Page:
The Thrill of Victory

The Thrill of Victory

by Don A. Griffin, Friends of the Detroit River

A once in a lifetime gift came to The Friends of the Detroit River (FDR) and other Detroit River advocates in the form of a press release when, on December 21, 2001, President George W. Bush signed into law the “Detroit River International Wildlife Refuge Establishment Act.” The law established the first refuge of its kind in North America.

There are more than 500 refuges in our National Wildlife Refuge system, however, the Detroit River International Wildlife Refuge enjoys the distinction of being the only refuge that is international. When Canada designated the Detroit River as a Canadian Heritage River on July 19, 2001, it complemented the 1998 designation of the Detroit River as one of fourteen American Heritage Rivers. The refuge system is managed by the U.S. Fish & Wildlife Service of the Department of the Interior, whose scientific studies, surveys, and reports provided evidence FDR used in stalling potential development of Humbug Marsh and Humbug Island, both within the boundaries of the new Refuge.

The collaborative and cooperative efforts of government officials, businessmen, and environmentalists from Canada and the United States were celebrated after the good news about the Refuge. Congressman John Dingell saw me standing behind the reporters and photographers at the celebration. He came over and threw an arm around my shoulders. I congratulated him on his success in steering the refuge bill through Congress. Congressman Dingell’s response was, “Don, you are the one who really caused this to happen . . . you and your other Friends of the Detroit River.”

Shortly after, Congressman Dingell publicly recognized the FDR and numerous other organizations and individuals who had been supportive of the legislation. “There is precious little remaining undeveloped wildlife habitat along the lower Detroit River and there is a great urgency to protect it. Our river is an invaluable resource that is essential to our economy, provides numerous recreational opportunities and is central to our quality of life,” Dingell said. After so many years of suffering the agony of defeat in efforts to preserve wetlands and other natural areas, his personal message coupled with the thrill of victory has increased the vigor and vitality of Friends of the Detroit River. Our board workshops and board meetings are well attended, better planned, more interesting and productive. We also anticipate that all of the events and activities FDR sponsors will be attended by a greater number of enthusiastic participants.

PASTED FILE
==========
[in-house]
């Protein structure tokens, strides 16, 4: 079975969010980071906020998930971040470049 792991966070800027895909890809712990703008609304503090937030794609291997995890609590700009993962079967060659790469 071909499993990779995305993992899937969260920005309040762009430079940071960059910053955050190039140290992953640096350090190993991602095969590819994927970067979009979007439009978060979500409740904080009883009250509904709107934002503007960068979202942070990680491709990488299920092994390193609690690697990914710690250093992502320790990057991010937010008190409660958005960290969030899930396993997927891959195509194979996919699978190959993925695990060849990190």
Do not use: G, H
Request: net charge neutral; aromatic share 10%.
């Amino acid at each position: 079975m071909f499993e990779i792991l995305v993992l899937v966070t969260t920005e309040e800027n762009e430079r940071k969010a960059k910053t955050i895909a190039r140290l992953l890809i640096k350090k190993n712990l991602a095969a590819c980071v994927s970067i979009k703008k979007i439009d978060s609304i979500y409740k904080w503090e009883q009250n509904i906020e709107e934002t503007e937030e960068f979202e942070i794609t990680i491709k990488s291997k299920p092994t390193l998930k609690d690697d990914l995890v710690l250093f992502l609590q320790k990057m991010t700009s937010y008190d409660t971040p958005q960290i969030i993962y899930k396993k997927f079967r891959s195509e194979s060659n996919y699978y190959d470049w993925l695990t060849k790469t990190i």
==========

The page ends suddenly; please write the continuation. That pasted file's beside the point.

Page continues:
The U.S. Park Service and the Great Lakes Aquatic Habitat Network and Fund awarded grants to FDR which assisted us in building our organization, publicizing open hearings, publishing newsletters, and increasing our membership from 35 members to over 500 dues-paying members. Also, because of these grants, we were better able to play an efficient and effective advocacy role, including the sending of timely information to the more than 5,000 interested parties on our mailing list.

FDR is considering establishment of a local Detroit River International Wildlife Refuge Association and plans to send representatives to the first annual National Refuge Friends Conference entitled “Celebrate a Century of Conservation” on February 23-25, 2002 in Washington, D.C. FDR will continue to improve the quality of life by preserving all we can of what is left of the natural world.

An informative publication entitled “A Conservation Vision for the Lower Detroit River Ecosystem” has been released. For more information about the publication, the International Wildlife Refuge, or the Greater Detroit American Heritage River Initiative, go to www.tellusnews.com/ahr/ or contact John Hartig, River Navigator, Greater Detroit American Heritage River Initiative, U.S. Coast Guard, 110 Mt. Elliott Avenue, Detroit, Michigan 49207 (e-mail: jhartig@msodetroit.uscg.mil).

If you wish further information about Friends of the Detroit River, please contact: Jeannine Ansley, P.O. Box 3099, Melvindale, MI 48122 or Don A. Griffin at 313-274-8930 (e-mail:dgriffin1@Ameritech.net).

*For the full text of “The Detroit River International Wildlife Refuge Establishment Act”, go to: www.senate.gov/ and follow these links: Search: HR1230.EH then Bill and Summary & Status File 3. Text of Legislation.

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